CLEARWATER — After more than 25 years of discussion, city leaders have advanced a plan to build a new City Hall. But not without a little more waffling first.
The city will spend $3 million for St. Petersburg-based Wannemacher Jensen Architects to design the project on a vacant city-owned site at the northwest corner of S Myrtle Avenue and Franklin Street.
Design work will take about 15 months and construction another 18 months, with estimated completion in the summer of 2025, according to city engineering director Tara Kivett.
The city has been operating out of leased space in One Clearwater Tower on Cleveland Street since January 2019, when about 50 city employees moved out of the old City Hall on the downtown bluff.
The decision to move forward came after a 4-1 City Council vote on Thursday, with Mayor Frank Hibbard voting no. Council members had already approved the location for the City Hall in March, when members unanimously voted to reallocate funds to meet the $30 million needed for the project.
At the time, City Manager Jon Jennings described the location as creating a government campus: the new City Hall site is directly south of the city’s Municipal Services Building and directly east of the Clearwater Police Department.
The Pinellas Suncoast Transit Authority also plans to build a $44.5 million modernized transit center on the parcel directly south of the new City Hall.
But before last week’s vote, Hibbard said that spending potentially $34 million on a new City Hall is “almost to the point of malpractice.” He proposed that the city should have an architect analyze the Main Library, where the City Council has its temporary chambers, and determine whether the building could accommodate permanent government offices.
“I think it’s wasteful and I think it shows a lack of creativity,” Hibbard said. “I don’t think the additional operational benefits of being next to the (Municipal Services Building) and the police station outweigh the costs.”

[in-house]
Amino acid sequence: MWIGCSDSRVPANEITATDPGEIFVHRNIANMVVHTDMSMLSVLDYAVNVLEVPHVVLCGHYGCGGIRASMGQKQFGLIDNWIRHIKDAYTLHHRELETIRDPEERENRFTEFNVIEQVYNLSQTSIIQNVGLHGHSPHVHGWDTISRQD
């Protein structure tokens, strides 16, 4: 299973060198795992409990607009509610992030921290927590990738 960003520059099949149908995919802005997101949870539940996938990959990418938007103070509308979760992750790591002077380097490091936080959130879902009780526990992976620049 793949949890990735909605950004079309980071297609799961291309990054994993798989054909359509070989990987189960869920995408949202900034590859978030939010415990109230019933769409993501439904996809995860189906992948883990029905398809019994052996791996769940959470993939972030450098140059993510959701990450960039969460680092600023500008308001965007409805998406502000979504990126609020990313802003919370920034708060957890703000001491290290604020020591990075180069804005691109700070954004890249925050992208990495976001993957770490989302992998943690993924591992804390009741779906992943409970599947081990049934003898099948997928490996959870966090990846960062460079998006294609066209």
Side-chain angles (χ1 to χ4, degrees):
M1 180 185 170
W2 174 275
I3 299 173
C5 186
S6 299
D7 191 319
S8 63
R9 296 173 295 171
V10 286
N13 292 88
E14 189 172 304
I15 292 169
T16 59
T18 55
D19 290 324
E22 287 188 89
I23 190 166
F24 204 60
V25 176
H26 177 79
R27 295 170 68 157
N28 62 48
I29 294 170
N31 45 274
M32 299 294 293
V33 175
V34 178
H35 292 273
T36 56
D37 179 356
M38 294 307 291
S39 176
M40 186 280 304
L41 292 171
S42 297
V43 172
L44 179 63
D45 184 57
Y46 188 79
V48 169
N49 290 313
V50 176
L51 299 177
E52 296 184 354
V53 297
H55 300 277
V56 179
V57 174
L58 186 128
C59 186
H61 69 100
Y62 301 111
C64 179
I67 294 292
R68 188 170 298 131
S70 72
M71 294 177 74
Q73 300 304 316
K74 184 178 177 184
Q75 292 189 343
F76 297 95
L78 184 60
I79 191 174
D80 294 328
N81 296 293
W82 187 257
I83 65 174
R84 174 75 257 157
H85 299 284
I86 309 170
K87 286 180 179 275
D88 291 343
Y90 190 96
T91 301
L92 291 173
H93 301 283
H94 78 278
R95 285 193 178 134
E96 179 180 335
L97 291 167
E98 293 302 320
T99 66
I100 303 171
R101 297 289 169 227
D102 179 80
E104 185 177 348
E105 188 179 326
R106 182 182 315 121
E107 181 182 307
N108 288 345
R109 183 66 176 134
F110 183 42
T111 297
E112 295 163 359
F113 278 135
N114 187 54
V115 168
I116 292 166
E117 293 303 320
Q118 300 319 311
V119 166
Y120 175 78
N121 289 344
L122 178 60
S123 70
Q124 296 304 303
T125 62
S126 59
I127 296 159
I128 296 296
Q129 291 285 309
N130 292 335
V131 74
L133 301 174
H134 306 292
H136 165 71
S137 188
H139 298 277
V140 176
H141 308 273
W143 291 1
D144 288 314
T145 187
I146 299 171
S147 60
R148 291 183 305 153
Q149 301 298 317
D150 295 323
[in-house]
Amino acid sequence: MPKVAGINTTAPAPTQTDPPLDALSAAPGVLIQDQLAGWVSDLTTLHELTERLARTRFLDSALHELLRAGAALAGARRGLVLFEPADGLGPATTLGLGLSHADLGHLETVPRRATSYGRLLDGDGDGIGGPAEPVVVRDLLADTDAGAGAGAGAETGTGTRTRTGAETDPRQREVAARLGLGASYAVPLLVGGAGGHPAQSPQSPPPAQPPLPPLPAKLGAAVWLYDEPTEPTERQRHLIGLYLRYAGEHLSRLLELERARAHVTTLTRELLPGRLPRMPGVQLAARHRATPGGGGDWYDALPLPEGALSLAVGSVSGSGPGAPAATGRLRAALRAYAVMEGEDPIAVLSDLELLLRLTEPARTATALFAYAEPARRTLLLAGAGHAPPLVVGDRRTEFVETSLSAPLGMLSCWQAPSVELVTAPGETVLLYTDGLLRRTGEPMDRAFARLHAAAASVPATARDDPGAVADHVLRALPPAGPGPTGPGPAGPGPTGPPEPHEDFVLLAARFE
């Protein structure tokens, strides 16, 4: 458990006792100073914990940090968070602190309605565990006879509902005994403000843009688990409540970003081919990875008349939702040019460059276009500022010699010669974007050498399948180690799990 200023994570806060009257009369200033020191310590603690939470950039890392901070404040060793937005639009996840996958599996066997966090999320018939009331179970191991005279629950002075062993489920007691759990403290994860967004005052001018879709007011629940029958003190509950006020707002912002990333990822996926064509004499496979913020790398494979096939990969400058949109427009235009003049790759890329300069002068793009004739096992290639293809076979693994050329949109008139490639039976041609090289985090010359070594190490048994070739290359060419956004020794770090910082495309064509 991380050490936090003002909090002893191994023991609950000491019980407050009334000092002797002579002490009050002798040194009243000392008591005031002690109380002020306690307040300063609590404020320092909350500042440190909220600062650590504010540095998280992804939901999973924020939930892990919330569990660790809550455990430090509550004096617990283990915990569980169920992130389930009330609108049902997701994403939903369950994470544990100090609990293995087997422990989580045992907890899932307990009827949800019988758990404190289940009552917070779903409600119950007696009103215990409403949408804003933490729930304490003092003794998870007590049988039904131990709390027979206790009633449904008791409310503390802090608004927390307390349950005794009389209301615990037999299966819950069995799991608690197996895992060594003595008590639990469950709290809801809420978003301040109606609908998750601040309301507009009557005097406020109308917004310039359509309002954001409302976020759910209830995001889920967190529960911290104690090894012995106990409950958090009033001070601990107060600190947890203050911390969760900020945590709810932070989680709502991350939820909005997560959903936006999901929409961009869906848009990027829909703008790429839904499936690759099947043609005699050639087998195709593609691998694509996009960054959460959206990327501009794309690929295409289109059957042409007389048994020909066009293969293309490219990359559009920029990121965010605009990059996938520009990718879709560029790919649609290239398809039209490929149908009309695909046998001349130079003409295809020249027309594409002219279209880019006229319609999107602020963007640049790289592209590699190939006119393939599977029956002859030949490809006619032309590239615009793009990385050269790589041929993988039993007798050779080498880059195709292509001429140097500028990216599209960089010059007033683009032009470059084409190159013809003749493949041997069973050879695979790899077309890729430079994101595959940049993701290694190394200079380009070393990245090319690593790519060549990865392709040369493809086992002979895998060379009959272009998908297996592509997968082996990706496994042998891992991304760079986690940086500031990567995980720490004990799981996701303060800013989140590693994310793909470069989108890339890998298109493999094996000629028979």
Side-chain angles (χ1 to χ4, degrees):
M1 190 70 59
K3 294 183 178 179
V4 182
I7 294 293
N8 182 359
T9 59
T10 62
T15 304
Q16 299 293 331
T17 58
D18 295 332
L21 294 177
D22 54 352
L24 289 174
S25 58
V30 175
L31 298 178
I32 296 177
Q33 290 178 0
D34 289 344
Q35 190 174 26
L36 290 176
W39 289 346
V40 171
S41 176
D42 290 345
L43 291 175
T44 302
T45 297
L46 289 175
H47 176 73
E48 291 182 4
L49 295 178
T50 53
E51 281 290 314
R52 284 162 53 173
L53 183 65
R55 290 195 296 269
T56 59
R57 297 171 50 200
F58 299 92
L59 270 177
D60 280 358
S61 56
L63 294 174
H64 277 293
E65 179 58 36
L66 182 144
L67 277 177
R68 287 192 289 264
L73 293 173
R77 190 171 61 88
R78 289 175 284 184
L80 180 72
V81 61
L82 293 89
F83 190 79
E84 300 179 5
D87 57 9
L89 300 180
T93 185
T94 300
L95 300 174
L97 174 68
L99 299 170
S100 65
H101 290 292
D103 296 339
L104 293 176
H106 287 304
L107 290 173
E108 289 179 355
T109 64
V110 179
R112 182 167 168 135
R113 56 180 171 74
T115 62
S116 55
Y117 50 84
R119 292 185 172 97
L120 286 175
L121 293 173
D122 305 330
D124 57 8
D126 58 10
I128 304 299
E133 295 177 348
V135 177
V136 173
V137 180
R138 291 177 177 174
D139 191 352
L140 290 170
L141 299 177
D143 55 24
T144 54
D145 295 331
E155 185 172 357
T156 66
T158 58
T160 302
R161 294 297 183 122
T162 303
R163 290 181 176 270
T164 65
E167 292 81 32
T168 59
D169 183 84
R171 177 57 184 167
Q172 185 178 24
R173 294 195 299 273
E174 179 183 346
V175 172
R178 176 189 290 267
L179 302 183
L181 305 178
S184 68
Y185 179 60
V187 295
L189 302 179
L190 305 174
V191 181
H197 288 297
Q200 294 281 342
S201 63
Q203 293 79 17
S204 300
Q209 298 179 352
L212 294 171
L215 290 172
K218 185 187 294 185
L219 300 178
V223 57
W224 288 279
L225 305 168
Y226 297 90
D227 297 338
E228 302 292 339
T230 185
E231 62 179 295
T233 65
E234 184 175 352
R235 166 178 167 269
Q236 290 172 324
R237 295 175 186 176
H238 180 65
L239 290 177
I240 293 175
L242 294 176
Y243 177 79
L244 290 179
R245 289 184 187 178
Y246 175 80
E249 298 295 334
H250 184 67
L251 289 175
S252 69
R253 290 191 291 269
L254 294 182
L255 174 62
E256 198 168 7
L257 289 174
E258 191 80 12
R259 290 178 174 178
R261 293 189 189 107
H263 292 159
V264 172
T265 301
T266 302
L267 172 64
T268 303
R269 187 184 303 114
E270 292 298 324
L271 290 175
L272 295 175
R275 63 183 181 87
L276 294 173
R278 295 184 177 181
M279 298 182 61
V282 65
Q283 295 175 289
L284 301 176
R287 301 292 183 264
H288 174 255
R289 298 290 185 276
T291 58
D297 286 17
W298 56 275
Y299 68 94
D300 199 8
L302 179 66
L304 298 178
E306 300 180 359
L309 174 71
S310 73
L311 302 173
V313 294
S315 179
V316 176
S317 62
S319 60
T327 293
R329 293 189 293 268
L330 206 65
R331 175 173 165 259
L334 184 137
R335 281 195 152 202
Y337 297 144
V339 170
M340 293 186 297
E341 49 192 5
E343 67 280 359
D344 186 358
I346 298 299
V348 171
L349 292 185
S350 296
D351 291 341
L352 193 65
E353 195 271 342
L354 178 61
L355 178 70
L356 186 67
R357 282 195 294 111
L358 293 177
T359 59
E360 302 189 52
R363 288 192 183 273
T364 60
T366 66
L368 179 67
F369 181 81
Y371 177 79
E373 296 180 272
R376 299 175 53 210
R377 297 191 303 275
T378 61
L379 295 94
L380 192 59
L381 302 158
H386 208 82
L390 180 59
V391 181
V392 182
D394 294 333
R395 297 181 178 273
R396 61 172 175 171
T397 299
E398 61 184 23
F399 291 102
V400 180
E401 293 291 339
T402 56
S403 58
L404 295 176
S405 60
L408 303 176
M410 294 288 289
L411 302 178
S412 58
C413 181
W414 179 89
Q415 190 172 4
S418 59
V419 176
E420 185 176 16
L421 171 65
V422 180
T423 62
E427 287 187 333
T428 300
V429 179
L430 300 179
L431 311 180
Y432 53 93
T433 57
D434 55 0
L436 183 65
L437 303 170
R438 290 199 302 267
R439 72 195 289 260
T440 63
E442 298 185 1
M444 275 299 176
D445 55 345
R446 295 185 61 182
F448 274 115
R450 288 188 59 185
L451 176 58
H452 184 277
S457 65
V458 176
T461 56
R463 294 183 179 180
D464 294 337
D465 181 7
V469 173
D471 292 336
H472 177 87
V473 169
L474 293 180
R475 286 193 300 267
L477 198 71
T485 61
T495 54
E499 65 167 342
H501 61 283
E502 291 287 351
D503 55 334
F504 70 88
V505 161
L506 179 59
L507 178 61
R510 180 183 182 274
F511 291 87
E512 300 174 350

Council members Kathleen Beckman and Lina Teixeira said the library is no place for government offices when there is opportunity to foster more community use of the building. The library looks out onto the waterfront, which is currently undergoing an $84 million renovation to build an amphitheater, garden, playground, green space and gateway plaza.
In November, residents will also vote on a referendum asking whether the city should sell the adjacent Harborview site and the old City Hall on Osceola Avenue to build a hotel, apartments and retail.
“In thinking of this as waterfront property adjacent to a park that’s going to be programmed, having a City Hall 9-5 with employees is not what I would consider a creative solution,” Teixeira said. “I would rather it be an active building that has events in conjunction with the park.”
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Council member David Allbritton said he agreed with hiring a consultant to explore whether the library could accommodate government offices.
Jennings, who took over administration in November, noted the back and forth as a pattern.
“I think this is kind of fundamental to … some of the concerns I have here in the city is that we kind of make a decision, or at least the council made a decision, and now we’re having a conversation about having another study done,” Jennings said.
Allbritton clarified that he would have liked to examine the viability of the library for City Hall, but that it’s too late for such a study.